As Thomas Edison famously said, "Hell, there are no rules here — we're trying to accomplish something."
In other words, we have to break out of our usual constraints in order to innovate.
Think about your own workplace: Would it be considered innovative? The answer, of course, depends on where you work. But it also depends on whom you ask.
EY recently surveyed more than 1,000 employees from a range of industries about their ability to innovate at work. The results show a significant disconnect between company leadership and employees on the ground. More than half of senior executives said their company fosters a culture of innovation, yet only a quarter of entry-level employees agreed.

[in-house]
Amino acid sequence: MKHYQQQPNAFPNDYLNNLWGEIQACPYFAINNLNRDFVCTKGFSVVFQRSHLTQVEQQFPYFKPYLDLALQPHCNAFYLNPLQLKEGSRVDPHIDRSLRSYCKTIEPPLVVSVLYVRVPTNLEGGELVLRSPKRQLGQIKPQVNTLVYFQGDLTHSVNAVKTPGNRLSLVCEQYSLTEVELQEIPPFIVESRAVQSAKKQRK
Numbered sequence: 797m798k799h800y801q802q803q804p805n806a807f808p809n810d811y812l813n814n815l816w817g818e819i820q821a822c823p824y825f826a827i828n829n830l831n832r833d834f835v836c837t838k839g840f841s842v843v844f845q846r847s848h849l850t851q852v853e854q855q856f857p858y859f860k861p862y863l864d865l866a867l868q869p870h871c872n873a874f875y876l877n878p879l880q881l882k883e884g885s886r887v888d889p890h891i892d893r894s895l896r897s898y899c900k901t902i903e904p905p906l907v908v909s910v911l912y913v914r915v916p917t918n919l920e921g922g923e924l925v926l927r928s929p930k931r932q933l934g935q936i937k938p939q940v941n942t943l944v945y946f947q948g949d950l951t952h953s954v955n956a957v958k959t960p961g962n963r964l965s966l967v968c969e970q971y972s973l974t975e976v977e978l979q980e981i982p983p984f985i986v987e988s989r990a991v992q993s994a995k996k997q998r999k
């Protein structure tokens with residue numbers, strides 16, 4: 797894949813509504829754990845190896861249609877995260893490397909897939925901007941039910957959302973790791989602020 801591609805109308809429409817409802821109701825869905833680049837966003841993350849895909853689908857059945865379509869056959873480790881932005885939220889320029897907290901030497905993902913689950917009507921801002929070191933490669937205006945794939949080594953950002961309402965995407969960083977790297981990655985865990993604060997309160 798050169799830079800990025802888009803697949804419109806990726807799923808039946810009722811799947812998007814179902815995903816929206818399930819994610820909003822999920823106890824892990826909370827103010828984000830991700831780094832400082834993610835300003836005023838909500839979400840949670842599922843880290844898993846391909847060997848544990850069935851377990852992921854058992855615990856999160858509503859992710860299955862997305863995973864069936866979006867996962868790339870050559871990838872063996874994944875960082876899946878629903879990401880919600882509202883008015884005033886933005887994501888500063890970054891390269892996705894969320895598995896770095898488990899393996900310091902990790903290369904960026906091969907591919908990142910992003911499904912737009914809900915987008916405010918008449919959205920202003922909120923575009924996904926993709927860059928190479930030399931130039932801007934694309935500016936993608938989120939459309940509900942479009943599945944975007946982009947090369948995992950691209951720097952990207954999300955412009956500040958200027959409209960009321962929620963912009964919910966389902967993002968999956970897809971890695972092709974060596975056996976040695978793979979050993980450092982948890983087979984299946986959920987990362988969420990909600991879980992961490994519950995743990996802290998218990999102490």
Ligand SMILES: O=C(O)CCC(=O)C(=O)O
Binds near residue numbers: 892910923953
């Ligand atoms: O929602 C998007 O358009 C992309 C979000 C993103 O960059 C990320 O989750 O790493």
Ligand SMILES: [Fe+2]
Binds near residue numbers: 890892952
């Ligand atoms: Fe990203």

That chasm between perception and reality means fresh ideas are being left on the table, and opportunity, along with top talent, is being lost. In fact, 69 percent of those surveyed said they would leave their current position for a comparable role at an organization that is recognized as a leader in innovation.
Innovation requires buy-in and effort for people at every level, from the C-suite to the summer interns. Here are four guidelines for solving the "innovation disconnect" — and making creativity standard practice across your organization.